July 19, 2016
“The prosecutor has more control over life, liberty, and reputation than any other person in America. His discretion is tremendous. He can have citizens investigated and, if he is that kind of person, he can have this done to the tune of public statements and veiled or unveiled intimations.
“Or the prosecutor may choose a more subtle course and simply have a citizen’s friends interviewed. The prosecutor can order arrests, present cases to the grand jury in secret session, and on the basis of his one-sided presentation of the facts, can cause the citizen to be indicted and held for trial. He may dismiss the case before trial, in which case the defense never has a chance to be heard.
“Or he may go on with a public trial. If he obtains a conviction, the prosecutor can still make recommendations as to sentence, as to whether the prisoner should get probation or a suspended sentence, and after he is put away, as to whether he is a fit subject for parole.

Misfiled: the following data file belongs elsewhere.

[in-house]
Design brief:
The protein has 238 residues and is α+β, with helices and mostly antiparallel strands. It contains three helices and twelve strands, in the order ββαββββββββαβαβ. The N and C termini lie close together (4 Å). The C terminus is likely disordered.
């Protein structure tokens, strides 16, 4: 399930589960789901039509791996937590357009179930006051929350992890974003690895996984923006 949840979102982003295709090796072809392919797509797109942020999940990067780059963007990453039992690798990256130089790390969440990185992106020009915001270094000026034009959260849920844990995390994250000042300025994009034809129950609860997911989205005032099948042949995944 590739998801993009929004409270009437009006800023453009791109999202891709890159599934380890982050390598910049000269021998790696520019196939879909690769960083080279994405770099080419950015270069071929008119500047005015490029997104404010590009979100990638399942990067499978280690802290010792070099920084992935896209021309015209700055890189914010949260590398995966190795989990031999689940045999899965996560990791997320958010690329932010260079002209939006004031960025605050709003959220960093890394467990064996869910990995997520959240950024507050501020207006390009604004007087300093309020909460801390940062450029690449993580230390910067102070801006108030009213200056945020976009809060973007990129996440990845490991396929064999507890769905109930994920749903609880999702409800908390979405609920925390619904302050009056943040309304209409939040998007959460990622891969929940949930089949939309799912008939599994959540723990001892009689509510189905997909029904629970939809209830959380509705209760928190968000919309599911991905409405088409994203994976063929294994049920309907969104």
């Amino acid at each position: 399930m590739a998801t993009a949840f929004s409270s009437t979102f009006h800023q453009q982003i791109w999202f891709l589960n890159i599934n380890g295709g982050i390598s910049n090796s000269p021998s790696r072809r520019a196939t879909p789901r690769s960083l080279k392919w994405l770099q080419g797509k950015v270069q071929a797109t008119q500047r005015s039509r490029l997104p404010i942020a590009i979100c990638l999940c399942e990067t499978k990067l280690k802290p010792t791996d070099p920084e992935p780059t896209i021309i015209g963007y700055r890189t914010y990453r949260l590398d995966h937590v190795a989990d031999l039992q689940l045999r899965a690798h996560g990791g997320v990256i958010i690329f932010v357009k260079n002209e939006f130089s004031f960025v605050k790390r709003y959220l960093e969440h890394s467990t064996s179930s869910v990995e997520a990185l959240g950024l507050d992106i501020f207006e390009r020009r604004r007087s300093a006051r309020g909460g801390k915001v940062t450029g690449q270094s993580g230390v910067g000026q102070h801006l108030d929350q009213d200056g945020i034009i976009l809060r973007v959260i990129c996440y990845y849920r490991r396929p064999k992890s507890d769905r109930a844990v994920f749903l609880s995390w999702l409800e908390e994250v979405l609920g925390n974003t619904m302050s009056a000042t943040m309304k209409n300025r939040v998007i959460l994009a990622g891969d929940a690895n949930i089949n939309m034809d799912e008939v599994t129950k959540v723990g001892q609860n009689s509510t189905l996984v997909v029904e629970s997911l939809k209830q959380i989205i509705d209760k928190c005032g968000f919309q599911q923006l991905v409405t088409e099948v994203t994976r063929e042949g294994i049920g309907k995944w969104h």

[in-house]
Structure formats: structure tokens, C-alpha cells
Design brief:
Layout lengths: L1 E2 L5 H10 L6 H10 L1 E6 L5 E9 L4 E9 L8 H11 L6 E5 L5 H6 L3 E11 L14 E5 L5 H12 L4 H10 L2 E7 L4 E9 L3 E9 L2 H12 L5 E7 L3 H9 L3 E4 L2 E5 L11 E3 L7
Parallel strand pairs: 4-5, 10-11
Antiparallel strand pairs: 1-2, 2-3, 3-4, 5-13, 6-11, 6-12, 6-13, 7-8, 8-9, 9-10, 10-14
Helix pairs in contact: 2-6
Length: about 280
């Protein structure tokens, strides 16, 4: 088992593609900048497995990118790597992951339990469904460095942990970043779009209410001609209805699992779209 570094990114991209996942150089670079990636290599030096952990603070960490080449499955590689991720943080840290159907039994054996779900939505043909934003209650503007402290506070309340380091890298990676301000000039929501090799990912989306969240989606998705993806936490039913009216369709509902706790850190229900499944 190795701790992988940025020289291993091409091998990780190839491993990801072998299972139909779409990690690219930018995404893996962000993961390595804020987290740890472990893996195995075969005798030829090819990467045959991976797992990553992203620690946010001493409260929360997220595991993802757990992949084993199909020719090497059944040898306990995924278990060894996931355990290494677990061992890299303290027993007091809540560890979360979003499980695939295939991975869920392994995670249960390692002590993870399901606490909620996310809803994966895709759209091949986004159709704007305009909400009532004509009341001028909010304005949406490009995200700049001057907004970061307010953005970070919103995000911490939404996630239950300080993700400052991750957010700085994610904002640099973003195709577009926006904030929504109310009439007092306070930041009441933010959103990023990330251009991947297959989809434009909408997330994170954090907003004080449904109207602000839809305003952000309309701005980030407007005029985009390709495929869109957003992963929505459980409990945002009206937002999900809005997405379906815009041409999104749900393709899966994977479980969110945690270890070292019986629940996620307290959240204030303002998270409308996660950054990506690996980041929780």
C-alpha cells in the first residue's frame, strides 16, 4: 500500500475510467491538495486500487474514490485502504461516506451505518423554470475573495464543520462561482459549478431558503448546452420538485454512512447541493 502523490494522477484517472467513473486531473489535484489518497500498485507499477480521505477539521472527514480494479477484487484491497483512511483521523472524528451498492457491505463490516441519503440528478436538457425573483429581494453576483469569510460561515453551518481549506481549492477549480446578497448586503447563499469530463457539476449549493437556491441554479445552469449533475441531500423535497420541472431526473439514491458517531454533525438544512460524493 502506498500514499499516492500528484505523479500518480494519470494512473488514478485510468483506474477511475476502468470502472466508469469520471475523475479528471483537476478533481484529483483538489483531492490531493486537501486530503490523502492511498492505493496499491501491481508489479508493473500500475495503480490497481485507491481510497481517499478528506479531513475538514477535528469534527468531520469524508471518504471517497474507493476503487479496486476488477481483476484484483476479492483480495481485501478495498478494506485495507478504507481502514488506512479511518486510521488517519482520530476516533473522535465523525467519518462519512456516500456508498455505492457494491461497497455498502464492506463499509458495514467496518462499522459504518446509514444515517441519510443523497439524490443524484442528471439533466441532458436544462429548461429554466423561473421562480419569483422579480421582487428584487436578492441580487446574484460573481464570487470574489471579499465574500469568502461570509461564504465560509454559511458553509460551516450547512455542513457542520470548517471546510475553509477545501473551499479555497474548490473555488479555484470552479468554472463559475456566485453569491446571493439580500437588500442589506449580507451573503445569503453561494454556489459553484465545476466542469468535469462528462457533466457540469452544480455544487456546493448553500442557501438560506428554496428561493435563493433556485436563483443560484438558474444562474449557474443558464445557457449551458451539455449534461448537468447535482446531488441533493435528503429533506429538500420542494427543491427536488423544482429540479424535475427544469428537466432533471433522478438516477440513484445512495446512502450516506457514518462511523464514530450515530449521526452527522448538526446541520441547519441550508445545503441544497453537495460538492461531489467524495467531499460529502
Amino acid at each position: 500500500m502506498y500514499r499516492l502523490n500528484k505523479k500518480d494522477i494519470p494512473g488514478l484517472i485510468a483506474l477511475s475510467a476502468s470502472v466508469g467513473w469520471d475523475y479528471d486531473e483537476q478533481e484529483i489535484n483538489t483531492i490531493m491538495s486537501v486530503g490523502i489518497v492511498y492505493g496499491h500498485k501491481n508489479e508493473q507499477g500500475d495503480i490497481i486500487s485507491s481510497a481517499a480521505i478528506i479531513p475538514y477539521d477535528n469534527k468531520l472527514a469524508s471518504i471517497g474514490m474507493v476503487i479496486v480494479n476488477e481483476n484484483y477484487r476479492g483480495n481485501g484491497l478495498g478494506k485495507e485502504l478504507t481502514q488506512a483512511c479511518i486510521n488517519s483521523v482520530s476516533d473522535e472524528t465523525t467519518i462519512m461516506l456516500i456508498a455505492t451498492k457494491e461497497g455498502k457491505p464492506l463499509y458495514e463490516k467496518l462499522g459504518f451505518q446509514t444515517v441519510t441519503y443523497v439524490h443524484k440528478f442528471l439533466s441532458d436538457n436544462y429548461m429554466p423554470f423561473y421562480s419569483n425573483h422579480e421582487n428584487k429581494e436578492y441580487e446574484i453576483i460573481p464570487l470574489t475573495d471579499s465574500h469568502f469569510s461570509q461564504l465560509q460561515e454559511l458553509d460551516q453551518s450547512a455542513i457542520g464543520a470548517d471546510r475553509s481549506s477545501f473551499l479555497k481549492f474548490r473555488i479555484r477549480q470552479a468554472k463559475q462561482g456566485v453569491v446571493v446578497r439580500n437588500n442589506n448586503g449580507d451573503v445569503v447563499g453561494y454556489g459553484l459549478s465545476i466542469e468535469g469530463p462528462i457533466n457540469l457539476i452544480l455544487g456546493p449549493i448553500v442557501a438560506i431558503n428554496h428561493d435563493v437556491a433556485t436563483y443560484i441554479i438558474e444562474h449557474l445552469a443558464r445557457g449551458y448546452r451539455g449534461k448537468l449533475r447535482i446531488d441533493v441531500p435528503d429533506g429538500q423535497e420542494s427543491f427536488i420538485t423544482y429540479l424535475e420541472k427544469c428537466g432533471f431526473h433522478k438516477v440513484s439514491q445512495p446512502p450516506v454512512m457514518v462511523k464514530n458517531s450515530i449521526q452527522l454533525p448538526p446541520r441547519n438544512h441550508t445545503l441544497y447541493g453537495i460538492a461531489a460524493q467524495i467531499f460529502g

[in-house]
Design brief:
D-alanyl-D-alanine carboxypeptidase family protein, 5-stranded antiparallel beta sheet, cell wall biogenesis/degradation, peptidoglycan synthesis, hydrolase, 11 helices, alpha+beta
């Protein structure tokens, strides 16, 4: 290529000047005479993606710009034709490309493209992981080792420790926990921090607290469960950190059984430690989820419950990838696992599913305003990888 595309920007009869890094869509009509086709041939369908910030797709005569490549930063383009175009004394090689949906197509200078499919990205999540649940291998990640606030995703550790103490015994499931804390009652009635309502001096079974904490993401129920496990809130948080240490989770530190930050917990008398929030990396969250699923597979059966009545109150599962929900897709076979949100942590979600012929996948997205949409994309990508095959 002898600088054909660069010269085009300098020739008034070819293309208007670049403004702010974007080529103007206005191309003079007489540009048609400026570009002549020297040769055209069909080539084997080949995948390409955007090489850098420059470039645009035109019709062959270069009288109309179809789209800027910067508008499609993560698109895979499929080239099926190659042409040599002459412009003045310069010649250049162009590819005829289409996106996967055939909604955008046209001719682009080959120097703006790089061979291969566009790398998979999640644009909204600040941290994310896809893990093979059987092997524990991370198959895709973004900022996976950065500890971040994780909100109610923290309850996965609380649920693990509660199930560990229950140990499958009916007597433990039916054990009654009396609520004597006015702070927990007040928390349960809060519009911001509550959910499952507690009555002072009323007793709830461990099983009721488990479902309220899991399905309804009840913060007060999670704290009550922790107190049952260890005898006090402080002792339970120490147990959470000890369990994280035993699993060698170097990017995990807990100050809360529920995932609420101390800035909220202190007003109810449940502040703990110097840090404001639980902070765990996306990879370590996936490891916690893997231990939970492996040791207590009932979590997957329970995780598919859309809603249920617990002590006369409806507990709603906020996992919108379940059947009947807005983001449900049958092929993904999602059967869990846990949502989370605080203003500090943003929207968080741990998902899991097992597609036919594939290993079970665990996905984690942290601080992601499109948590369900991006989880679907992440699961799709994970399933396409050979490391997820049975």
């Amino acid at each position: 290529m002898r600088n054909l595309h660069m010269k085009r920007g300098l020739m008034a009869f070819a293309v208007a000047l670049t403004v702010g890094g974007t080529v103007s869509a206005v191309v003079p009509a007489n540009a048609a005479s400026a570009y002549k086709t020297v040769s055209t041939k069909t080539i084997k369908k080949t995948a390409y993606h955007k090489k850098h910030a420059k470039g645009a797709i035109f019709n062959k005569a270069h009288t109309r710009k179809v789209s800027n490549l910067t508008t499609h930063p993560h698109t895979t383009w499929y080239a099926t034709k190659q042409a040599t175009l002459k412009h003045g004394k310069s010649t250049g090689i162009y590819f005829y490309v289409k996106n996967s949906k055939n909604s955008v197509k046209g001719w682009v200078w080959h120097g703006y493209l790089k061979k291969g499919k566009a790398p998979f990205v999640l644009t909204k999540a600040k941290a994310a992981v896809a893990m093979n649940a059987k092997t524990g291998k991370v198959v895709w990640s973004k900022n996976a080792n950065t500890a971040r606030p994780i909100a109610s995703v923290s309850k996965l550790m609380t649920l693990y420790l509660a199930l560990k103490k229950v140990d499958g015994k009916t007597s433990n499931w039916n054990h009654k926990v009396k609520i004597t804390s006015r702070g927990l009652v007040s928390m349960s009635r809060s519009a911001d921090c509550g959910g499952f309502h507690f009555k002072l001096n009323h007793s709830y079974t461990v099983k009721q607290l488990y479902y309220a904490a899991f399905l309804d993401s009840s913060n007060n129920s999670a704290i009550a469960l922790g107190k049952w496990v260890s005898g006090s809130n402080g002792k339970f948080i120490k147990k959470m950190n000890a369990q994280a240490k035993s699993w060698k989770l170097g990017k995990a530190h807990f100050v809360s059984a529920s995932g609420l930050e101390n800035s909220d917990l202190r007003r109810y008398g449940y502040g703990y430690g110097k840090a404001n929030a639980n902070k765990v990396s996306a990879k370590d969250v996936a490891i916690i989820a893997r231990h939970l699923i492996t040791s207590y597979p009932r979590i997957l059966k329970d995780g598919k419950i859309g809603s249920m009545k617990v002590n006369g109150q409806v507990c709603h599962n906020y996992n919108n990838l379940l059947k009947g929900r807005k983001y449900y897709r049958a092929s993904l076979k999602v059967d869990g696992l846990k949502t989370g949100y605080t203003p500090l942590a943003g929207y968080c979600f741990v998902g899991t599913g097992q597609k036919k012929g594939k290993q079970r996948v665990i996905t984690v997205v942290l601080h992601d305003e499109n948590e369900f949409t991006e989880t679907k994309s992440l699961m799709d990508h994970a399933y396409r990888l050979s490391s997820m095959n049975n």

“While the prosecutor at his best is one of the most beneficent forces in our society, when he acts from malice or other base motives, he is one of the worst….”
– From an address by Attorney General Robert H. Jackson to the Conference of United States Attorneys, Washington, D.C., April 1, 1940
Although Jackson’s cautionary words were directed toward federal prosecutors, they could hardly be more applicable to the State of North Carolina’s prosecution of the Edenton Seven. H.P. Williams Jr., Bill Hart and Nancy Lamb surely missed no chance to put forth “veiled or unveiled intimations,” to make a “one-sided presentation” or to otherwise act “from malice or other base motives.”